If then, you should happen to go to Billabong’s investor web site and look at page six of their 4G for the year you’d probably be impressed, as I am, by the seven strategic initiatives they’ve been following since Neil became CEO. If you delved deeper into the details they provide there and on their presentation (also available on the web page) you’d see they’ve made progress in sourcing, logistics, expense control and of other areas.
Good stuff. But it’s the stuff successful industry companies are doing. It’s necessary but not sufficient to compete.
But if you go to that chart on page six, you’ll see the first strategic initiative is “Brand.” As it should be. On page eight, where they list their Material Risks, the first one is “Brand.” Also as it should be. It defines the risk as, “Possible damage or loss of market appeal to the brands or the image of the Group’s brands.”
As you think about Billabong’s potential one question should be foremost in your mind; can they establish their brands in the broader market. Let’s look at some numbers.
For the year ended June 30, Billabong reported an 8.9% decline in revenue from $1,076 to $979 million (All numbers in Australian dollars). Australia generated 63% of Asia Pacific revenues, the same as in the pcp. The U.S. was 85% of the Americas, down 1% from the pcp. France was 88% of Europe’s revenues, up from 86% in the pcp. That’s quite a concentration. Hope it’s indicative of an opportunity elsewhere in Europe.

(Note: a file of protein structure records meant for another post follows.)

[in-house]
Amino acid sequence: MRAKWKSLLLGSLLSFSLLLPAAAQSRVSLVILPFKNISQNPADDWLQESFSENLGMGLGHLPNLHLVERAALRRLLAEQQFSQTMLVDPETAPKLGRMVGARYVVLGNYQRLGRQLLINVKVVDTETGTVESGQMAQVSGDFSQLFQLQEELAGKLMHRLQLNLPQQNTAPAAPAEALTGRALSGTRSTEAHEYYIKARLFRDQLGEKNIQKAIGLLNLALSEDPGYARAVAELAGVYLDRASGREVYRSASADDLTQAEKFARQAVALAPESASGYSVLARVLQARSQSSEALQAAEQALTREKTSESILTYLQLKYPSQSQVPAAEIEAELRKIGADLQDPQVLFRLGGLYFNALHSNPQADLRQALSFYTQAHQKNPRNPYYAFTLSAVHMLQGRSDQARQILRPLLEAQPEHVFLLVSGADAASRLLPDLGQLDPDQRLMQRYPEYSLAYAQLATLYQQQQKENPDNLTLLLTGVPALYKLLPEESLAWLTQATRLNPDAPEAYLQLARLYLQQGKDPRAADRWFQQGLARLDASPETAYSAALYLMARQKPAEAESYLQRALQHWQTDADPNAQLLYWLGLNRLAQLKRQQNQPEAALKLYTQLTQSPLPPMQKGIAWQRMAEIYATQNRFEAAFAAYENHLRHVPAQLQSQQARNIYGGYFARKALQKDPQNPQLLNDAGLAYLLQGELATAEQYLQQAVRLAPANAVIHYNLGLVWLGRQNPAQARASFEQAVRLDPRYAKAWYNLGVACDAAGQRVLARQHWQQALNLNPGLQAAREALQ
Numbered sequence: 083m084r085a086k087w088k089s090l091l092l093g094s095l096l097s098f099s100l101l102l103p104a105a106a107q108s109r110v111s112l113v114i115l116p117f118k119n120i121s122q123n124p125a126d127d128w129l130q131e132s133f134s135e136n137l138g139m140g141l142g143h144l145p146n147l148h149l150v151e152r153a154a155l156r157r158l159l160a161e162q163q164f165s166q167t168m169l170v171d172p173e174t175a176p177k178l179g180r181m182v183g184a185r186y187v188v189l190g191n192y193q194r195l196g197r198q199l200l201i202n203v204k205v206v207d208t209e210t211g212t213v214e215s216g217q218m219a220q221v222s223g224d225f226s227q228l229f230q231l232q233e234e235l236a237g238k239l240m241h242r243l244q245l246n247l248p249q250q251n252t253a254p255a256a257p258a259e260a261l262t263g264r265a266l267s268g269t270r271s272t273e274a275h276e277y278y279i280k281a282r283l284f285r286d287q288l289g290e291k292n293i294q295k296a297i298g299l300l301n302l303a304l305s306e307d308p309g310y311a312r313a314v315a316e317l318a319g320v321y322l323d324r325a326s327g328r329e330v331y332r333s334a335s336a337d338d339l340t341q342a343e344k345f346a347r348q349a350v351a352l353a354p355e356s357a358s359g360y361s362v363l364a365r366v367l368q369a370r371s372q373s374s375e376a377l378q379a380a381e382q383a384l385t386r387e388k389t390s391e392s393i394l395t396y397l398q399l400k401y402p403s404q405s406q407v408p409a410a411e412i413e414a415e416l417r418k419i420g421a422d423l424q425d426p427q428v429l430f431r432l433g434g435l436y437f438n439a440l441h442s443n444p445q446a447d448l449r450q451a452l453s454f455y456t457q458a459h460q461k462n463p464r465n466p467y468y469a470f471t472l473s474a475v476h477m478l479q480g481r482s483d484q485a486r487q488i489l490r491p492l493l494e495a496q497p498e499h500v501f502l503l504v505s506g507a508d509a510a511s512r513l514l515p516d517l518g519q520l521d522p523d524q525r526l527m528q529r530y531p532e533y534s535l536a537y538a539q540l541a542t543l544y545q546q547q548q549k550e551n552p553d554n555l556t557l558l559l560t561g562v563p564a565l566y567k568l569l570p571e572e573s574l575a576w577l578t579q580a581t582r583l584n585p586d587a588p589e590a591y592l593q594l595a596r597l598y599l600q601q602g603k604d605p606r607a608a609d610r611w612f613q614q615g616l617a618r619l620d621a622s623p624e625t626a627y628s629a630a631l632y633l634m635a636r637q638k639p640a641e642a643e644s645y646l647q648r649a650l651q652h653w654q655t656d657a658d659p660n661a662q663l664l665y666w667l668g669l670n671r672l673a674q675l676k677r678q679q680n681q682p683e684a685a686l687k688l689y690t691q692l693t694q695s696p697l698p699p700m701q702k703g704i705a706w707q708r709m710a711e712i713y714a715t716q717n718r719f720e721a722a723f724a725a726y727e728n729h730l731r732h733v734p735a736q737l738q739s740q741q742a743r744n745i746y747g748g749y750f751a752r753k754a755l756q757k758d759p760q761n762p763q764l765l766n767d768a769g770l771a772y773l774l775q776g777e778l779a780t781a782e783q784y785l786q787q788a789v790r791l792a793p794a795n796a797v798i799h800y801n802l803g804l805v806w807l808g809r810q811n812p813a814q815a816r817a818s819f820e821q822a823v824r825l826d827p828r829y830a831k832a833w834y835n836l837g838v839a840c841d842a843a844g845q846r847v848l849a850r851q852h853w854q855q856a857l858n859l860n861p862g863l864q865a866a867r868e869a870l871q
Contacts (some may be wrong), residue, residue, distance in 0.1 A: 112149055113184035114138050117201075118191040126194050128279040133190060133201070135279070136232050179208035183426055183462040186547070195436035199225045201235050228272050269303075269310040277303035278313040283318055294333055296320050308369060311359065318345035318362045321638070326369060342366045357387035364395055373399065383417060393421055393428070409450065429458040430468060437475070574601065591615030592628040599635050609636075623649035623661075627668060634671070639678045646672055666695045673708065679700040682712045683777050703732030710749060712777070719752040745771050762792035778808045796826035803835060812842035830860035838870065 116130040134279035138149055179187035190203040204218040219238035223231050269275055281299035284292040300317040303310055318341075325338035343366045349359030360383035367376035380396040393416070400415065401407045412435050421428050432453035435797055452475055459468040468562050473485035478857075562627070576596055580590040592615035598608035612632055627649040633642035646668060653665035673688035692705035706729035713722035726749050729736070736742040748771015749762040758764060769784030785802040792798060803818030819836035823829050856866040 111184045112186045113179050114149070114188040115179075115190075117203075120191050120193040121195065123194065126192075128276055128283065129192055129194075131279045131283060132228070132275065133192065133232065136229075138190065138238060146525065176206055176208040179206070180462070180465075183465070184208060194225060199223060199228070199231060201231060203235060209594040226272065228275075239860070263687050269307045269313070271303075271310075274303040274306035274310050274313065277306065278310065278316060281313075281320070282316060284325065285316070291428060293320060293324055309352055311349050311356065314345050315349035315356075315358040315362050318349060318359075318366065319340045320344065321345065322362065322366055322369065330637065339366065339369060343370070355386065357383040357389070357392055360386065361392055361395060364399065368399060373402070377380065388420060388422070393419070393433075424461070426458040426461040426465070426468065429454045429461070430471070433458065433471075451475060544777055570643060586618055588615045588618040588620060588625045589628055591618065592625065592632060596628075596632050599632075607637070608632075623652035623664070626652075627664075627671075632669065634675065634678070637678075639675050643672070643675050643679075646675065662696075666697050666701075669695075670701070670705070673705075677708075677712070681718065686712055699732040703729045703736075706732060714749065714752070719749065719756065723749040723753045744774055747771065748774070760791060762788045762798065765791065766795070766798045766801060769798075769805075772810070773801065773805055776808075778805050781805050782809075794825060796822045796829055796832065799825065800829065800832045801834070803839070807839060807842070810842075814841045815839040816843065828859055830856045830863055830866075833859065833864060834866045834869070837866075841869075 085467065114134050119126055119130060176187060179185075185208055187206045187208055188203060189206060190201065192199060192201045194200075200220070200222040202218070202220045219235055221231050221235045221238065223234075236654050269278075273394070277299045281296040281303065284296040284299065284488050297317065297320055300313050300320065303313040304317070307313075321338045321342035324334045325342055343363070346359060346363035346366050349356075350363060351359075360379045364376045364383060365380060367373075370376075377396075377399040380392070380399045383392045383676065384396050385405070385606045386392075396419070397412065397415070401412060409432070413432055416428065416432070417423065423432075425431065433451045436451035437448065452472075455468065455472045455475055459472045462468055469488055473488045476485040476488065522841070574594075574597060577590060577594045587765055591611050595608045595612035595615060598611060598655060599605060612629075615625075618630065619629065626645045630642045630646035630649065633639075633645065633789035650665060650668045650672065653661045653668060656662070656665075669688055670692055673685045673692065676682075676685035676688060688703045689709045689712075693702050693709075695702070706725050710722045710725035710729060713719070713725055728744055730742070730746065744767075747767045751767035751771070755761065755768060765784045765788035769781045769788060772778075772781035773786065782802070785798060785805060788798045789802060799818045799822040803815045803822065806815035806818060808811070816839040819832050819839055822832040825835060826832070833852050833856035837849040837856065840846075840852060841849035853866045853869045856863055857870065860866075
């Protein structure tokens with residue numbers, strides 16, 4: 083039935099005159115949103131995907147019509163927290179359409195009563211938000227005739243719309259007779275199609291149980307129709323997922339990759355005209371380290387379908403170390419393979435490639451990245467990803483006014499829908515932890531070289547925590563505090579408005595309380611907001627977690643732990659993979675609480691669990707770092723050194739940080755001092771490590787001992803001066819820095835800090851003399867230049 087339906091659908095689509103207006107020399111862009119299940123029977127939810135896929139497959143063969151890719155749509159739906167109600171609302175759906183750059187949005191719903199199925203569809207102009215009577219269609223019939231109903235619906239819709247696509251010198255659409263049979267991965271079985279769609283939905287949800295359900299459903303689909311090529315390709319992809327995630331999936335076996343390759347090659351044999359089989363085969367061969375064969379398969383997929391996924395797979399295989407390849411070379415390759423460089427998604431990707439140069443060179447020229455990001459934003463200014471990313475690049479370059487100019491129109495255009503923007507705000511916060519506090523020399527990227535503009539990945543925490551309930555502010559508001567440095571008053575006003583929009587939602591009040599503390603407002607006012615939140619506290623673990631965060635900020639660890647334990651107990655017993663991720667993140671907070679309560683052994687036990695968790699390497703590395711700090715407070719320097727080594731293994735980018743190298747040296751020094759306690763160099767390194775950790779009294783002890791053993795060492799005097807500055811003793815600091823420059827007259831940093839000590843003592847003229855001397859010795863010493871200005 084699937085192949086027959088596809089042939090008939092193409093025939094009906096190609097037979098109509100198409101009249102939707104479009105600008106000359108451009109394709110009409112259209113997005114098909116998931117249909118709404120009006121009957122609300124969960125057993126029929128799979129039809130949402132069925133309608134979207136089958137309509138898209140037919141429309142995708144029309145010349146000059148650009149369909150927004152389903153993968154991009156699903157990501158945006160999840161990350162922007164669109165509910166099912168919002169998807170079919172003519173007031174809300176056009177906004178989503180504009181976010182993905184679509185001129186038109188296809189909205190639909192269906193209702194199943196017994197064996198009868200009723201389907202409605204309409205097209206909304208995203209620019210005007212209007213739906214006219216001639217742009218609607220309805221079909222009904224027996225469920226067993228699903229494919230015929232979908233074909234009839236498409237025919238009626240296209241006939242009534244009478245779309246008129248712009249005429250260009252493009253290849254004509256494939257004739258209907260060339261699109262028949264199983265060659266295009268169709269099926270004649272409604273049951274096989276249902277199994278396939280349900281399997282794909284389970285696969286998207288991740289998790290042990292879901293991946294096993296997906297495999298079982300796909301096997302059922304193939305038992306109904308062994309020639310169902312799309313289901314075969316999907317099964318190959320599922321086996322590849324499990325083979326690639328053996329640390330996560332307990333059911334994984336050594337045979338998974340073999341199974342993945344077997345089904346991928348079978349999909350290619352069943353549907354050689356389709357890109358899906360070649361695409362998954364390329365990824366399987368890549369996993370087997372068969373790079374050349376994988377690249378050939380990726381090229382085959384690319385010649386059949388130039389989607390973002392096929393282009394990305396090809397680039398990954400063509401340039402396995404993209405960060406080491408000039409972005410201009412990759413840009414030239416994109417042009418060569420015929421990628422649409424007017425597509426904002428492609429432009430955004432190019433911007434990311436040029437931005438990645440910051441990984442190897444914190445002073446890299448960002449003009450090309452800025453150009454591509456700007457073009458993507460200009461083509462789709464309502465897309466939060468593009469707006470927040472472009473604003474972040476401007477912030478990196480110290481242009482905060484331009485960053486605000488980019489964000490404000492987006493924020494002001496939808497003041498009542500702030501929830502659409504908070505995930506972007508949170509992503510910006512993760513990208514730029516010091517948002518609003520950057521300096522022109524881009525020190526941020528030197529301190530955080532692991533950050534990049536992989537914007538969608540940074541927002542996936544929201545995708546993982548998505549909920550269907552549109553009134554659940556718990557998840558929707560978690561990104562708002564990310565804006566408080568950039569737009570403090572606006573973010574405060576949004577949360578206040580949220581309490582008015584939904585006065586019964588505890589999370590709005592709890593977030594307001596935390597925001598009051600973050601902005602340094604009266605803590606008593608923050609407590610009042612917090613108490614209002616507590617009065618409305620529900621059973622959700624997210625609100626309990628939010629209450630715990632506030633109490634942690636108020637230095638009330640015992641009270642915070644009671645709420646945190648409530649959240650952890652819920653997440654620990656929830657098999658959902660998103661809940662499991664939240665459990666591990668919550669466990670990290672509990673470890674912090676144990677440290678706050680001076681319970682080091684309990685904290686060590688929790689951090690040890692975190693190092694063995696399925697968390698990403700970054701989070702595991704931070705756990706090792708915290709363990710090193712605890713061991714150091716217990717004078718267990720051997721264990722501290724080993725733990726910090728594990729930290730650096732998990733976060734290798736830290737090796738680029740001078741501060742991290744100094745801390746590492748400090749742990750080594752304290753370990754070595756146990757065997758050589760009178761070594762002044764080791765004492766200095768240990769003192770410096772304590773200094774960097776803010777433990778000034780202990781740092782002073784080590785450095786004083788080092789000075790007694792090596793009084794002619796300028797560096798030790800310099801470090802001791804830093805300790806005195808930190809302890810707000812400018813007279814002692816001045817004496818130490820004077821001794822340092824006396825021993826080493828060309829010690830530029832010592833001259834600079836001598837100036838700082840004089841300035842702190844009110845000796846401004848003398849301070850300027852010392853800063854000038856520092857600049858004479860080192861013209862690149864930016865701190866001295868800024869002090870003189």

The chart below shows revenues and EDITDAI by segment for both years. These are the “as reported” numbers including the so called significant items and discontinued operations.
Here are the EBITDAI numbers excluding the significant items and discontinued operations.
Significant items this year totaled $64.5 million, up from $7.6 million in the pcp. I remember last year hoping we were done with these big write downs. Oh well. The two you should particularly know about are a gain of $47.8 million on the sale of Tigerlily, and impairment charges for goodwill, brands and other intangibles of $106.4 million.
Even with the decline in revenue, the adjusted EBITDAI rose if only a tiny bit. I hope that’s partly indicative of some success in brand building.
Billabong ended the year with 372 retails stores- 49 in North America, 104 in Europe, 105 in Australia, 26 in New Zealand, 46 in Japan and 27 in South Africa. They had 407 stores at the end of the pcp. Retail was 45% of Billabong’s total revenue, up from 43% in the pcp. Ecommerce revenues rose 22% and represented 4.7% of total revenue, or $46 million. They grew $8.3 million since the pcp.
The gross margin rose from 50.2% in the prior calendar period (pcp) to 51.1% in the most recent year. SG&A expenses were reduced 11.2% from $410 to $364 million. Other expenses rose from $120 to $222 million. Financing expense fell 10% from $43 to $38 million.